Throughout the course of the hour-and-a-half webinar, Judge Michel was adamant that PERA was written so that courts would not be able to invalidate patent claims based on such arguments. While no bill could absolutely prevent potential judicial interpretations of statutory language, Michel was clear that the impact of PERA would be to prevent federal courts from reestablishing judicial exceptions and from importing novelty, obviousness and definiteness or enablement issues into the subject matter eligibility analysis. Michel acknowledged the fear that lawyers might try such arguments was rational given the current state of the law but said that such tactics would not be successful if PERA was enacted.
US Inventor’s Support Would Lead to Positive Momentum for PERA on Capitol Hill
Another concern raised by webinar attendees involved PERA’s discovery provisions, which state that courts can rule on eligibility at any point of an infringement action when there’s no genuine dispute of material fact on eligibility, and that the court may consider discovery limited to those eligibility issues prior to an eligibility ruling. Michel indicated that these provisions would not change the scope of discovery but would rather be a benefit to patent owners by giving them an early opportunity to establish a genuine dispute on eligibility, preserving the issue for trial.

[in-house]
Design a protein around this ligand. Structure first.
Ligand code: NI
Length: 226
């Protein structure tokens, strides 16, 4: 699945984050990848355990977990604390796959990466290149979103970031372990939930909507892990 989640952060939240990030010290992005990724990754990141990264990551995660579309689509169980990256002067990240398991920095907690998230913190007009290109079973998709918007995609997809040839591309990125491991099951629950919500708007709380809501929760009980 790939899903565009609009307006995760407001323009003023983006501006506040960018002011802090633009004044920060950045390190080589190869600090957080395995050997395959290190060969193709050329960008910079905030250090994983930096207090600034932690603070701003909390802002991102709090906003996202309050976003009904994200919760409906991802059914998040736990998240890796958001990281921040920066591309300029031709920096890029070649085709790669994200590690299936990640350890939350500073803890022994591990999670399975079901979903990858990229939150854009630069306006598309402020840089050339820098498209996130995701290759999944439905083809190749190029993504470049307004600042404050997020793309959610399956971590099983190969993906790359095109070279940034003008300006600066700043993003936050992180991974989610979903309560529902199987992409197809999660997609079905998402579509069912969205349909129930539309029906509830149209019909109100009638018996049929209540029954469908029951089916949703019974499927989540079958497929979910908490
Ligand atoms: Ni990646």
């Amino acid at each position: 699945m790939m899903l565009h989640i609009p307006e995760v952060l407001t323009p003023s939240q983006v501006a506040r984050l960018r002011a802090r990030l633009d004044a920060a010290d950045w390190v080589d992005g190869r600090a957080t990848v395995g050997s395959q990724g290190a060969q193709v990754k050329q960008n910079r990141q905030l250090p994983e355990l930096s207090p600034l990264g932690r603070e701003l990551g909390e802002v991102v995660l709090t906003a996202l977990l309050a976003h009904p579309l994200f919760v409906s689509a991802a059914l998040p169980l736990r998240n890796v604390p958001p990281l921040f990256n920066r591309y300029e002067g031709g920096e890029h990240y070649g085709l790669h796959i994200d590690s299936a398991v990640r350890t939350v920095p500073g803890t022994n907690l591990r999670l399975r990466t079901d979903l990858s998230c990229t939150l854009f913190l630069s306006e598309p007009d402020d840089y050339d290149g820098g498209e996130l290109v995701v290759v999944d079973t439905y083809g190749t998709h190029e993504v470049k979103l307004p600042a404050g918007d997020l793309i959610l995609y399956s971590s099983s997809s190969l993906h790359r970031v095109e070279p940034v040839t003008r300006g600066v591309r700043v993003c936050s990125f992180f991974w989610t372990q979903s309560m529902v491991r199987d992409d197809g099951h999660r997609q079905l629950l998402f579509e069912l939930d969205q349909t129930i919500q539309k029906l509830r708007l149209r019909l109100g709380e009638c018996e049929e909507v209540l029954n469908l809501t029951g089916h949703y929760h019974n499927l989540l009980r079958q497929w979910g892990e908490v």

At least one proponent of PERA has noted that several Supreme Court and Federal Circuit patent rulings require “a clear and certain signal from Congress” that new legislation overrules past court decisions. This arguably creates problems with the fact that PERA’s language on the elimination of judicial exceptions is found in the Findings section of the bill and not the statutory language that would be enacted. Judge Michel did not feel that this concern was borne out in how the bill is currently drafted. “The bill is very clear that federal judges are out of the eligibility business and Congress is now telling us what’s in and what’s out,” he said.
Although Michel was confident that hearings on PERA would be conducted by Congressional IP subcommittees before the end of 2023, he acknowledged that he did not expect PERA’s enactment to come any sooner than 2025. This process is made even more protracted by the vehement opposition currently being waged by the High-Tech Inventors Alliance, American Civil Liberties Union and other Big Tech allies, Michel indicated. He noted that US Inventor has grown to become an important voice in the patent eligibility debate and if the group generally were to support PERA, positive momentum toward enactment would likely follow.